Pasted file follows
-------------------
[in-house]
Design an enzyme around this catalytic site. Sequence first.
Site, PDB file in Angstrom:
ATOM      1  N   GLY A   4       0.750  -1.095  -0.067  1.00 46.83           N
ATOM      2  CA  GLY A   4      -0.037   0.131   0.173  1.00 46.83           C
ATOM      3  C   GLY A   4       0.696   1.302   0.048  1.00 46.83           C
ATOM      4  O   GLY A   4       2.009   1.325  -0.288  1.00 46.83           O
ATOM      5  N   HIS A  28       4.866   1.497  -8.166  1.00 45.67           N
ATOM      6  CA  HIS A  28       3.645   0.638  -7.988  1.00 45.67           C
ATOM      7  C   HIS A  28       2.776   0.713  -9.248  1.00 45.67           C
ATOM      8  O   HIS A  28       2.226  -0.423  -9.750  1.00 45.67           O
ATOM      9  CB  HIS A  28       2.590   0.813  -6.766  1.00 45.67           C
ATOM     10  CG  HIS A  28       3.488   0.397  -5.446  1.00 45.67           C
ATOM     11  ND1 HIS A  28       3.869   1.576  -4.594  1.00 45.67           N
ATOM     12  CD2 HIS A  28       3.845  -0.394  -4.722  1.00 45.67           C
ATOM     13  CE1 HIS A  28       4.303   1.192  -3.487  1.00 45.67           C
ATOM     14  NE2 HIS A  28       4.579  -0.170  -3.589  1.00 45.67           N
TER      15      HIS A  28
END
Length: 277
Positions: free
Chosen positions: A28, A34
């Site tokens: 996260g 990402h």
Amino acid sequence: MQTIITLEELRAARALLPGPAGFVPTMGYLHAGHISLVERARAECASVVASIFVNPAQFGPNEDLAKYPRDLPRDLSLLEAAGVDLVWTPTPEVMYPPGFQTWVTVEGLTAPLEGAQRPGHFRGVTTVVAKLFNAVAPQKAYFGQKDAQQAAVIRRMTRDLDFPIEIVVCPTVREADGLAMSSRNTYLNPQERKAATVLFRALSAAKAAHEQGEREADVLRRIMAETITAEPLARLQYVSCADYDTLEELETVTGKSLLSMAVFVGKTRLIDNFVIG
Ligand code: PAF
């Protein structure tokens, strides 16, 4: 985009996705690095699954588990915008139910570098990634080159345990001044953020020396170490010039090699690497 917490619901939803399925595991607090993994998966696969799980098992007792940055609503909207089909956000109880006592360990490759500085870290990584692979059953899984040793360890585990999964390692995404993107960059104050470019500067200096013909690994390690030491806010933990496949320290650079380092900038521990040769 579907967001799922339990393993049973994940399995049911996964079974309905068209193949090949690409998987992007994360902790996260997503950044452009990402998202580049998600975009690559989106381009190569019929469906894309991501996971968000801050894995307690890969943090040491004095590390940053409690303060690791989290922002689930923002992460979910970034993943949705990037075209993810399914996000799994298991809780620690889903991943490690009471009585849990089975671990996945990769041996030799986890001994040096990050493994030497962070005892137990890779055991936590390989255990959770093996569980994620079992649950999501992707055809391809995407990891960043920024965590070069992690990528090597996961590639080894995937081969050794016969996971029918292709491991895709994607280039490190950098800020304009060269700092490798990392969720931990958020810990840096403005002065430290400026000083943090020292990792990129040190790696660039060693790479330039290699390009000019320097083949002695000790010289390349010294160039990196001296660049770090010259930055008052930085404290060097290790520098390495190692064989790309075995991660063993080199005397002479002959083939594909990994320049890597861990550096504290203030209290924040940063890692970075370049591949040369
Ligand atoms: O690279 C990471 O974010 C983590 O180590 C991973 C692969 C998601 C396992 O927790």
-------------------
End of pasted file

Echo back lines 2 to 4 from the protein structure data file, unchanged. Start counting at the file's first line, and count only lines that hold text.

Design an enzyme around this catalytic site. Sequence first.
Site, PDB file in Angstrom:
ATOM      1  N   GLY A   4       0.750  -1.095  -0.067  1.00 46.83           N